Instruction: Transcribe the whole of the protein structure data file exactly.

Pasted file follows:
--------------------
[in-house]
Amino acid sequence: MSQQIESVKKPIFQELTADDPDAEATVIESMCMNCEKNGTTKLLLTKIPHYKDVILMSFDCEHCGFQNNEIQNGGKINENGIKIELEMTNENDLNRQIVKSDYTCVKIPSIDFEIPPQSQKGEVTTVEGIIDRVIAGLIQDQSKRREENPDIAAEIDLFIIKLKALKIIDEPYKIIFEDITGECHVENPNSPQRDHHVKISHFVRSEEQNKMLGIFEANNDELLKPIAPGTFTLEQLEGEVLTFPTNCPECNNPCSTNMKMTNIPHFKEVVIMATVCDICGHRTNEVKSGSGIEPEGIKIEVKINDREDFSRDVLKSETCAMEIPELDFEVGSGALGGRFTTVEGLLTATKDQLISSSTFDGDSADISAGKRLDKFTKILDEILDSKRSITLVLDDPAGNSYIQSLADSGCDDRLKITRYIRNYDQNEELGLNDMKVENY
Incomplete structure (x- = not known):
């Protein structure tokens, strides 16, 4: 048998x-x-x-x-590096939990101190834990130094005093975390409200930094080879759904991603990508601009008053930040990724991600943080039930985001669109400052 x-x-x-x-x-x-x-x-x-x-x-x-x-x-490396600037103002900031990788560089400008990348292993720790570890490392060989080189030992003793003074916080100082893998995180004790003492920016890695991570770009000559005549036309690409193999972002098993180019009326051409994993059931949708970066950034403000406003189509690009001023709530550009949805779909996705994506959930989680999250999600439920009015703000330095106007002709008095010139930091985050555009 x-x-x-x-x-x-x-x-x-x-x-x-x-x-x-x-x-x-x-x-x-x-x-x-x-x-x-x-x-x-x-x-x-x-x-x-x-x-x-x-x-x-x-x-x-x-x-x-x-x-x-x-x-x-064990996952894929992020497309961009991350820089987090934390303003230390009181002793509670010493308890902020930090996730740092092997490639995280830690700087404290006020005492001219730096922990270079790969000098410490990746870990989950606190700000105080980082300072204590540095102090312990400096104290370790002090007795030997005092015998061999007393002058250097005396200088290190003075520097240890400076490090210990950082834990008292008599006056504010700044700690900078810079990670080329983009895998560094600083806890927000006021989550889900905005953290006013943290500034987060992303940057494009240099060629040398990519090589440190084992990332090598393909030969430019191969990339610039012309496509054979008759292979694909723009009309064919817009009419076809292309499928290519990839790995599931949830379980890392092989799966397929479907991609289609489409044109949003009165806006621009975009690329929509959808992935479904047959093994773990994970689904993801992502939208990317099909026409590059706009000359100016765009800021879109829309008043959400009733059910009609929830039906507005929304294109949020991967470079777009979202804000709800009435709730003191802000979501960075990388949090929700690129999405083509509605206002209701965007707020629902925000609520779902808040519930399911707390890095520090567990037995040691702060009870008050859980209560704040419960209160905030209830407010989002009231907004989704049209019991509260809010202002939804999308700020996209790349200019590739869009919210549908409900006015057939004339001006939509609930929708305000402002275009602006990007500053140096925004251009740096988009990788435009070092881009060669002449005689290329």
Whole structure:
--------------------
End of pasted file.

[in-house]
Amino acid sequence: MSQQIESVKKPIFQELTADDPDAEATVIESMCMNCEKNGTTKLLLTKIPHYKDVILMSFDCEHCGFQNNEIQNGGKINENGIKIELEMTNENDLNRQIVKSDYTCVKIPSIDFEIPPQSQKGEVTTVEGIIDRVIAGLIQDQSKRREENPDIAAEIDLFIIKLKALKIIDEPYKIIFEDITGECHVENPNSPQRDHHVKISHFVRSEEQNKMLGIFEANNDELLKPIAPGTFTLEQLEGEVLTFPTNCPECNNPCSTNMKMTNIPHFKEVVIMATVCDICGHRTNEVKSGSGIEPEGIKIEVKINDREDFSRDVLKSETCAMEIPELDFEVGSGALGGRFTTVEGLLTATKDQLISSSTFDGDSADISAGKRLDKFTKILDEILDSKRSITLVLDDPAGNSYIQSLADSGCDDRLKITRYIRNYDQNEELGLNDMKVENY
Incomplete structure (x- = not known):
């Protein structure tokens, strides 16, 4: 048998x-x-x-x-590096939990101190834990130094005093975390409200930094080879759904991603990508601009008053930040990724991600943080039930985001669109400052 x-x-x-x-x-x-x-x-x-x-x-x-x-x-490396600037103002900031990788560089400008990348292993720790570890490392060989080189030992003793003074916080100082893998995180004790003492920016890695991570770009000559005549036309690409193999972002098993180019009326051409994993059931949708970066950034403000406003189509690009001023709530550009949805779909996705994506959930989680999250999600439920009015703000330095106007002709008095010139930091985050555009 x-x-x-x-x-x-x-x-x-x-x-x-x-x-x-x-x-x-x-x-x-x-x-x-x-x-x-x-x-x-x-x-x-x-x-x-x-x-x-x-x-x-x-x-x-x-x-x-x-x-x-x-x-x-064990996952894929992020497309961009991350820089987090934390303003230390009181002793509670010493308890902020930090996730740092092997490639995280830690700087404290006020005492001219730096922990270079790969000098410490990746870990989950606190700000105080980082300072204590540095102090312990400096104290370790002090007795030997005092015998061999007393002058250097005396200088290190003075520097240890400076490090210990950082834990008292008599006056504010700044700690900078810079990670080329983009895998560094600083806890927000006021989550889900905005953290006013943290500034987060992303940057494009240099060629040398990519090589440190084992990332090598393909030969430019191969990339610039012309496509054979008759292979694909723009009309064919817009009419076809292309499928290519990839790995599931949830379980890392092989799966397929479907991609289609489409044109949003009165806006621009975009690329929509959808992935479904047959093994773990994970689904993801992502939208990317099909026409590059706009000359100016765009800021879109829309008043959400009733059910009609929830039906507005929304294109949020991967470079777009979202804000709800009435709730003191802000979501960075990388949090929700690129999405083509509605206002209701965007707020629902925000609520779902808040519930399911707390890095520090567990037995040691702060009870008050859980209560704040419960209160905030209830407010989002009231907004989704049209019991509260809010202002939804999308700020996209790349200019590739869009919210549908409900006015057939004339001006939509609930929708305000402002275009602006990007500053140096925004251009740096988009990788435009070092881009060669002449005689290329």
Whole structure: